Into the inferno. In go the orange earplugs, and we step into the belly of the beast. The guide shouts to us over the roar of the furnace, but even with our ear protection in the place is clamorous–a coal plant is a noisy place. More than anything else, though, the heat is intolerable. Our guide wears heavy long pants and boots with a shirt and work jacket and appears perfectly comfortable. The furnace itself is 1000 degrees Fahrenheit; that we can stand a few feet away from it and survive is incredible and uncomfortable.
On a chilly spring day, a group from the University of Chicago went to tour the Crawford Coal Plant at 36th and Pulaski in the working-class neighborhood of Little Village. We hoped to find out what a coal plant looks like, how it works, and what it does in the world besides generate electricity.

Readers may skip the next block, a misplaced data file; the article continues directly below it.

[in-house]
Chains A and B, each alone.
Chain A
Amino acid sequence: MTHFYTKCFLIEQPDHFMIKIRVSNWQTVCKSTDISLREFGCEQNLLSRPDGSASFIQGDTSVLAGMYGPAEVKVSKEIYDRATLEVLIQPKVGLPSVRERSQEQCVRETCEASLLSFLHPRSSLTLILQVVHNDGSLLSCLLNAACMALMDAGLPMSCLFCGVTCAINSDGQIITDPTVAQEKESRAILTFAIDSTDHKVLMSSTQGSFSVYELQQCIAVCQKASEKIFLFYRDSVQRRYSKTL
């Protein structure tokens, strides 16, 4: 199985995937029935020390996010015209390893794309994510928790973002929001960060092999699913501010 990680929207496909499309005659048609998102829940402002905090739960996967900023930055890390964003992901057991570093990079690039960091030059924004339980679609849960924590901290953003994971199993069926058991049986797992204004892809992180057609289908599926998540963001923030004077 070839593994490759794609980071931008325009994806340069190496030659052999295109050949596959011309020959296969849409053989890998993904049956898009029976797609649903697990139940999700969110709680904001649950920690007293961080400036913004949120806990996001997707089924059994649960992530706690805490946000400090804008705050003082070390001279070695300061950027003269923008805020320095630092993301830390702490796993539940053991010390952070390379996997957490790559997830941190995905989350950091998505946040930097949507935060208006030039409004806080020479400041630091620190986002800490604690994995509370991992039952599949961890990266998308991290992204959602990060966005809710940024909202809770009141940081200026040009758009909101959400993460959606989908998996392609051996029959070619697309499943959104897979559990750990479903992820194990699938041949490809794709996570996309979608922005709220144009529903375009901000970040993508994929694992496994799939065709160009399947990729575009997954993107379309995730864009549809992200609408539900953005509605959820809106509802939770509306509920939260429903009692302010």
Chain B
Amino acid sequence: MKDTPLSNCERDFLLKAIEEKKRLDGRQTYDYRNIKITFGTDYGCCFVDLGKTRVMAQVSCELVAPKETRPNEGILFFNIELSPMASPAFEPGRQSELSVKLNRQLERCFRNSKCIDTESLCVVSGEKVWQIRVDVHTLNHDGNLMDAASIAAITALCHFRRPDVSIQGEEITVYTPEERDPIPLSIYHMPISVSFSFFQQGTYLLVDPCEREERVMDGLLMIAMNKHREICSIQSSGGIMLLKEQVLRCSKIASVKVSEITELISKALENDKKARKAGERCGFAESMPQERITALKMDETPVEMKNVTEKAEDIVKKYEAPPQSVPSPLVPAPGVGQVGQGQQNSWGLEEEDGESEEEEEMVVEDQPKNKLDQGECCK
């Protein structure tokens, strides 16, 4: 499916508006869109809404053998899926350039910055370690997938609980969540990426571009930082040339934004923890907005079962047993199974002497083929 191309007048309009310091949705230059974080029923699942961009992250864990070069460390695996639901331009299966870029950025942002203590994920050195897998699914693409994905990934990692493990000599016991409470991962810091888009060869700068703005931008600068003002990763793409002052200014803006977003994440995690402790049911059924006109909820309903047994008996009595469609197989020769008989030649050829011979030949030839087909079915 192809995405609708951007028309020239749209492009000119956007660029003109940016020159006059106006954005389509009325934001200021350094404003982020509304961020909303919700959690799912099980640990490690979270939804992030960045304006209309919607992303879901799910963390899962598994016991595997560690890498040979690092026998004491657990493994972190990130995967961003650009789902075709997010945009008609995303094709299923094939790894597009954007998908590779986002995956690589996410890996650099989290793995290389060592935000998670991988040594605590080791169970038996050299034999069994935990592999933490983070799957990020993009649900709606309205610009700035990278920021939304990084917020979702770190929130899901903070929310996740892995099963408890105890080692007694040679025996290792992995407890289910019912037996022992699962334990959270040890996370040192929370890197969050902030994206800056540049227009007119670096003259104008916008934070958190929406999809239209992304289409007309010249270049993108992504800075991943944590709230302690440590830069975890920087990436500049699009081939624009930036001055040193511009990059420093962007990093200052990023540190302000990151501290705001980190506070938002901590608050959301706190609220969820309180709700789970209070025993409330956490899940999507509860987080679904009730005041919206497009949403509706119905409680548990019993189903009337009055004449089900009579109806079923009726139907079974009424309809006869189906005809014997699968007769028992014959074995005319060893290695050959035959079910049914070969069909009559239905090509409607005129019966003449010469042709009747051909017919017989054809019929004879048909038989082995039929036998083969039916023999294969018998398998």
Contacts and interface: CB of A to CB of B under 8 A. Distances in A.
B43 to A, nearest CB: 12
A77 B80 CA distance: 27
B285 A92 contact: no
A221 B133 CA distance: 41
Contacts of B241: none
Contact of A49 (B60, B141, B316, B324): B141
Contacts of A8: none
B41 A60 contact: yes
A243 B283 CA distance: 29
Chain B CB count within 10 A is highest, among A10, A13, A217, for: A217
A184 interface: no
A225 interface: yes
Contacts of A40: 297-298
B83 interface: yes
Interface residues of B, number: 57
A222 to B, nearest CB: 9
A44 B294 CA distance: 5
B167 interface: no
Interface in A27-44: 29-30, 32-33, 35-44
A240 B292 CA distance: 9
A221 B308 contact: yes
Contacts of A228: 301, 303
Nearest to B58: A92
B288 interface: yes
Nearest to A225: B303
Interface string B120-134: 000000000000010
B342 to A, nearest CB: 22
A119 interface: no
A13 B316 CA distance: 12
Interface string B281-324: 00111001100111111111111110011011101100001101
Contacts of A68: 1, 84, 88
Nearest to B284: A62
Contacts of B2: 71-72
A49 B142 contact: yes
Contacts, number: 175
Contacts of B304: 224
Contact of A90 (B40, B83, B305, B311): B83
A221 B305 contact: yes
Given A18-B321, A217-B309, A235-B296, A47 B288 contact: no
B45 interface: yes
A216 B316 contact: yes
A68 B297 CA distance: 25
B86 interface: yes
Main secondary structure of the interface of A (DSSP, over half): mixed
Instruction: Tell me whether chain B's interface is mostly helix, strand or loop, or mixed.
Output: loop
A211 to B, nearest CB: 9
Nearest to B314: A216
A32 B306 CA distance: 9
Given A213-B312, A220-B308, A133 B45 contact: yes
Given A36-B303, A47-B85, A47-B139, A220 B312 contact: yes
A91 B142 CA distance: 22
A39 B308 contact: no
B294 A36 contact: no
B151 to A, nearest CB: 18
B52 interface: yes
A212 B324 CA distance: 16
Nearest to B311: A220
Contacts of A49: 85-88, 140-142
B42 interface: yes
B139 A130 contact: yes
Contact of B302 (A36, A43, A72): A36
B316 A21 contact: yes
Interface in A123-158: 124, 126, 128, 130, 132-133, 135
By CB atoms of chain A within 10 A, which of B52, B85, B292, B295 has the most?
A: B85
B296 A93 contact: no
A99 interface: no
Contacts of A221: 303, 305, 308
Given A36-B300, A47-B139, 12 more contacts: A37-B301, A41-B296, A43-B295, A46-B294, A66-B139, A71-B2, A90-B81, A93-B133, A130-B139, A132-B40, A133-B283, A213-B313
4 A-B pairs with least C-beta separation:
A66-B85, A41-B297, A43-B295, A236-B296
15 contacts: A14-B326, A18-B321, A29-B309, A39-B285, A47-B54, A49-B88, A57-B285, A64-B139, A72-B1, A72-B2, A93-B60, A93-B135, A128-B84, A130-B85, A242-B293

Built in 1925, in what were then the outskirts of Chicago, the plant still looks antique, though all the functional electricity-generating equipment has been retrofitted or replaced since then. The conference rooms are shiny and new, but entering the working part of the plant is like going back in time. Everything is dark and sooty, and clanging machines do their work without much apparent supervision. Our guide takes us up 12 stories in an elevator. On the roof of the plant it is calm. The skyline glitters in the east, and below it on the plant’s property lies an enormous pile of coal. This is the emergency store, which Crawford keeps on hand in case the supply chain is broken. Usually, though, barges arrive daily on the Sanitary Canal loaded with coal from the company’s other plants in Illinois. The plant was built on the Canal in part because of this transportation advantage, and in part for cooling purposes; water is brought in from the canal and discharged a few degrees warmer. Besides changing the temperature of the Canal, the coal plants present other troubles to their neighborhood. Crawford and its partner plant Fisk are both owned by Midwest Generation, a subsidiary of Edison International, one of the largest electricity providers in the United States. According to local environmental organizer Ian Viteri, these coal plants are “cash cows” for Midwest Generation. Meanwhile, the neighborhood they inhabit, Little Village, has the highest rate of asthma in the city.